by Chuck Ross
Attorney General William Barr dropped a bombshell Wednesday, telling a group of senators that he believes spying against the Trump campaign did take place in 2016.
“I think spying on a political campaign is a big deal,” Barr said during an exchange with Democratic New Hampshire Sen. Jeanne Shaheen, a member of the Senate Appropriations Committee.
Shaheen asked in a follow-up whether Barr believed the FBI spied on the Trump team.
“You’re not suggesting, though, that spying occurred?” Shaheen asked.
“I think spying did occur. Yes, I think spying did occur. But the question is whether it was predicated, adequately predicated,” Barr said.
“I’m not suggesting it wasn’t adequately predicted, but I need to explore that.”
Barr was discussing his plans to investigate the FBI’s decision to open a counterintelligence investigation against Trump campaign associates. The bureau used confidential informants and relied heavily on the Democrat-funded Steele dossier as part of the investigation, which was code-named Crossfire Hurricane.
President Donald Trump and other Republicans have dubbed the counterintelligence probe “Spygate,” especially regarding the FBI’s use of an informant named Stefan Halper. Halper, a former Cambridge professor, made contact with at least three Trump campaign advisers, Carter Page, Sam Clovis and George Papadopoulos.
Democrats have bristled at the term “spy” to describe the FBI’s confidential human sources.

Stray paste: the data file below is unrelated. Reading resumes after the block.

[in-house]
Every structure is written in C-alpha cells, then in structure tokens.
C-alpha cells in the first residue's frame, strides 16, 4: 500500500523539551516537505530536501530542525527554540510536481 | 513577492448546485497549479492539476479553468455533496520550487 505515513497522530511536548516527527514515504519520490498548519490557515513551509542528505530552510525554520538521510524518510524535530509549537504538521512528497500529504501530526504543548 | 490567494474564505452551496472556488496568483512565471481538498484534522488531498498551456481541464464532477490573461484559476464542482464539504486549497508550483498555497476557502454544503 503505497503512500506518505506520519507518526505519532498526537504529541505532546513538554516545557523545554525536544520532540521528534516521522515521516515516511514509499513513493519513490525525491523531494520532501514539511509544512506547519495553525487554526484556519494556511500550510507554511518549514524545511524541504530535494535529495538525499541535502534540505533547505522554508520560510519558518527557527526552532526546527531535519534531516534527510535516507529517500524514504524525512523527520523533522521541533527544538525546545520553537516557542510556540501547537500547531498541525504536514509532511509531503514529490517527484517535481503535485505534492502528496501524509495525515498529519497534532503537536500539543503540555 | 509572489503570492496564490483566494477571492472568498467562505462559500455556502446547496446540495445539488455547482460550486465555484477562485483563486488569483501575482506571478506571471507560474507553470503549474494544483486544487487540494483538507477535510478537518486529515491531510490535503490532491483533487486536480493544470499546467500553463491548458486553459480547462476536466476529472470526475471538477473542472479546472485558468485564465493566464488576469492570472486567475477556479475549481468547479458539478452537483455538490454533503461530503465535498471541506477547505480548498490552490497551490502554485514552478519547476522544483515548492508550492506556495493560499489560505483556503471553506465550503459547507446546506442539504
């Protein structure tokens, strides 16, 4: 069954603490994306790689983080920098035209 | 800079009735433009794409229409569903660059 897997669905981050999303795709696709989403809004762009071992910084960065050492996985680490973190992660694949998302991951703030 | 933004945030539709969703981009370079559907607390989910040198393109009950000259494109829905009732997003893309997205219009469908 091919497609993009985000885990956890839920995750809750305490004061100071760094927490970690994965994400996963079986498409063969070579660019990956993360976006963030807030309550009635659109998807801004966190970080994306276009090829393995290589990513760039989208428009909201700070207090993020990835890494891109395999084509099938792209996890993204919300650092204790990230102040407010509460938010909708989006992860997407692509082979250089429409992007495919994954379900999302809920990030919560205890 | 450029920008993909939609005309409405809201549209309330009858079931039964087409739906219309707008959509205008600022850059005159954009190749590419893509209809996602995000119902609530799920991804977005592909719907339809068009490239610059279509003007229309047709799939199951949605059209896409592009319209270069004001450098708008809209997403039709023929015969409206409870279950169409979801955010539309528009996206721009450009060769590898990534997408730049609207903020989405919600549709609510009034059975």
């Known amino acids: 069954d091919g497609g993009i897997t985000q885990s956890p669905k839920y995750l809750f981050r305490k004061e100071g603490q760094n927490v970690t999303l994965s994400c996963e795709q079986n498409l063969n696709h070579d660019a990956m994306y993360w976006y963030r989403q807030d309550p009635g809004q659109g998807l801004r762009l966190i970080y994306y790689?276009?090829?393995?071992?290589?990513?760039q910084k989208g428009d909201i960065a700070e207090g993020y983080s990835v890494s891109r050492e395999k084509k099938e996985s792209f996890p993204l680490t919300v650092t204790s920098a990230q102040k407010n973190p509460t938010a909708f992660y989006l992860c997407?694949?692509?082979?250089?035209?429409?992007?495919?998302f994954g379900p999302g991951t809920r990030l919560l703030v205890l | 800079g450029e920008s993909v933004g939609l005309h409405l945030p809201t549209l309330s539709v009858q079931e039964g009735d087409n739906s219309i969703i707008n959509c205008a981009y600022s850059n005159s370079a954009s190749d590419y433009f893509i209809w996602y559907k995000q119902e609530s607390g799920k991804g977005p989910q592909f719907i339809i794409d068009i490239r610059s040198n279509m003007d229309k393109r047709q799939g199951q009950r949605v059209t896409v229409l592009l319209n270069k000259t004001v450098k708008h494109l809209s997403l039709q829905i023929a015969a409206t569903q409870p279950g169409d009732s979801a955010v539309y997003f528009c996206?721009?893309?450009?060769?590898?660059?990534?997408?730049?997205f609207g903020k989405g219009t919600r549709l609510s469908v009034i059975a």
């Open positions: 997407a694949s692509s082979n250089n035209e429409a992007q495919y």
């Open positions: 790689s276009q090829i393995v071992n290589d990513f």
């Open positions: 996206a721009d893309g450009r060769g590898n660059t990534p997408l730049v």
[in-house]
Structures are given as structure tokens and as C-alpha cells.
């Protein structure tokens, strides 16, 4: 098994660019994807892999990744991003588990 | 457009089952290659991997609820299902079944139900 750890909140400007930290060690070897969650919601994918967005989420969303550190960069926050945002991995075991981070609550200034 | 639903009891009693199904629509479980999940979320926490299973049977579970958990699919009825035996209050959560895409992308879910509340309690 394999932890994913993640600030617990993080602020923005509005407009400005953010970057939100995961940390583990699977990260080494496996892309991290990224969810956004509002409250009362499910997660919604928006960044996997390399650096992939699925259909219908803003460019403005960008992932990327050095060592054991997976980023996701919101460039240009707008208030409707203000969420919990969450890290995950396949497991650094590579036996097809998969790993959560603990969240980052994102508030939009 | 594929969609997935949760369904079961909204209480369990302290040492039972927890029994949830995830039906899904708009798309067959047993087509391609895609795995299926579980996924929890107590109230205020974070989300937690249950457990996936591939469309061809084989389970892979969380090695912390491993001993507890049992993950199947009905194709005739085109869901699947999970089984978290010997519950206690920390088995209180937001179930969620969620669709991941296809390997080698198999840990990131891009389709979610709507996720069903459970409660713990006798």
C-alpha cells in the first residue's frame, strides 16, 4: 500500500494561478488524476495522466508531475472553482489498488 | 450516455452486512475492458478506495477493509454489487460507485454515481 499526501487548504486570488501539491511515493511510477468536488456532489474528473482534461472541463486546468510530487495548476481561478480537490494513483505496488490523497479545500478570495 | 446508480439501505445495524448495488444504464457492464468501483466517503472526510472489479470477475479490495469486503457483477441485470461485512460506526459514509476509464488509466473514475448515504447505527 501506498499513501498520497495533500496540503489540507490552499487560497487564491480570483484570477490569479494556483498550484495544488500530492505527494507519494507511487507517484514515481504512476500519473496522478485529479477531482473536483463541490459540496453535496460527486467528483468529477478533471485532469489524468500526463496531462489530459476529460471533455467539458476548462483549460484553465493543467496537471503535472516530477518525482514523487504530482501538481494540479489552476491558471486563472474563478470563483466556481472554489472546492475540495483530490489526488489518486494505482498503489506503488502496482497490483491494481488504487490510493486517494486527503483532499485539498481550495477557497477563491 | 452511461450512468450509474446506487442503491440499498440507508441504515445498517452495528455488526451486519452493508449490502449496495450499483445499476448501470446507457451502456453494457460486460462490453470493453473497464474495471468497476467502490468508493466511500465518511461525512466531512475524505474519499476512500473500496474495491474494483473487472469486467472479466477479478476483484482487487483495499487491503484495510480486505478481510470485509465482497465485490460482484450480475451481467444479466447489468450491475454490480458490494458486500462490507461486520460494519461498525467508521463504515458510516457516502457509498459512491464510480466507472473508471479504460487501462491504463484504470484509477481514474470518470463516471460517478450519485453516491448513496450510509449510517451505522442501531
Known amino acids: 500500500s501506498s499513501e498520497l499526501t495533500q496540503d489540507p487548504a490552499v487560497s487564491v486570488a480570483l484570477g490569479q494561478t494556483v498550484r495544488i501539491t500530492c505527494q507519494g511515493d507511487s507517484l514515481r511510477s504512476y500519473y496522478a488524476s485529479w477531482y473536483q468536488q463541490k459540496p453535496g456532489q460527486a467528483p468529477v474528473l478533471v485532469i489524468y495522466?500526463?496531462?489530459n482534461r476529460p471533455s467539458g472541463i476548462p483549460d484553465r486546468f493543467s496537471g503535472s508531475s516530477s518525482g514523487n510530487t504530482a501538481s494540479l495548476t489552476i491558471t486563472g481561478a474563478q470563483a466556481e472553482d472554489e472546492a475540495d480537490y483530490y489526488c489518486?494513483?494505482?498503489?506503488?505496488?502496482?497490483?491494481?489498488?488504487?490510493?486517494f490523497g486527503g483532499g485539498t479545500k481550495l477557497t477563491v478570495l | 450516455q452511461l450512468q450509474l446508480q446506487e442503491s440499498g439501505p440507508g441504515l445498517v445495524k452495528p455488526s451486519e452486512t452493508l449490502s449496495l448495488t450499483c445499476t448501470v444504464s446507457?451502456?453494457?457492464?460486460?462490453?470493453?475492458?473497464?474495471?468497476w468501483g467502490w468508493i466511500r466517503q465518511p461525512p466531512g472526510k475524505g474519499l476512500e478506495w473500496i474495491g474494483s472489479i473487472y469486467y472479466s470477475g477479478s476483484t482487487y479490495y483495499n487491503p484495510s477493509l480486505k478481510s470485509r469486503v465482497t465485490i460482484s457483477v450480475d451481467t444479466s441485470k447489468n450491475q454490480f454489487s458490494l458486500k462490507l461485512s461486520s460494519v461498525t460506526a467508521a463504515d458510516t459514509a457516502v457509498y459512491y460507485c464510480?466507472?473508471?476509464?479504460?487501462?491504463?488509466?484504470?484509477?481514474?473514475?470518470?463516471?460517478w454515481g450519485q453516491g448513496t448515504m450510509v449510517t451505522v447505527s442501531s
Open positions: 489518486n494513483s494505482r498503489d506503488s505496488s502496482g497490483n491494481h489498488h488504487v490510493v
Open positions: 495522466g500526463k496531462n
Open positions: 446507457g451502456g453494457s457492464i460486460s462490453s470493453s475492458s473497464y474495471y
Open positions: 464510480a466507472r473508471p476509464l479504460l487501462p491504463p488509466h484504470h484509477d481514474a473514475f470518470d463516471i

Barr said that he plans to form a team to gather information from the Justice Department and Capitol Hill related to the FBI’s investigation, which was formally opened on July 31, 2016.
“I’m not suggesting that those rules were violated, but I think it’s important to look at that.”
“I am going to be reviewing both the genesis and the conduct of the intelligence activities directed at the Trump campaign during 2016,” Barr said.
Barr said that he will not be investigating the entire FBI.
“This is not launching an investigation of the FBI,” he added. “To the extent there were any issues at the FBI, I do not view it as a problem that’s endemic to the FBI. I think there was probably a failure among a group of leaders there at the upper echelon, so I don’t like to hear attacks of the FBI.”
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Chuck Ross is a reporter for the Daily Caller News Foundation. Follow Chuck on Twitter.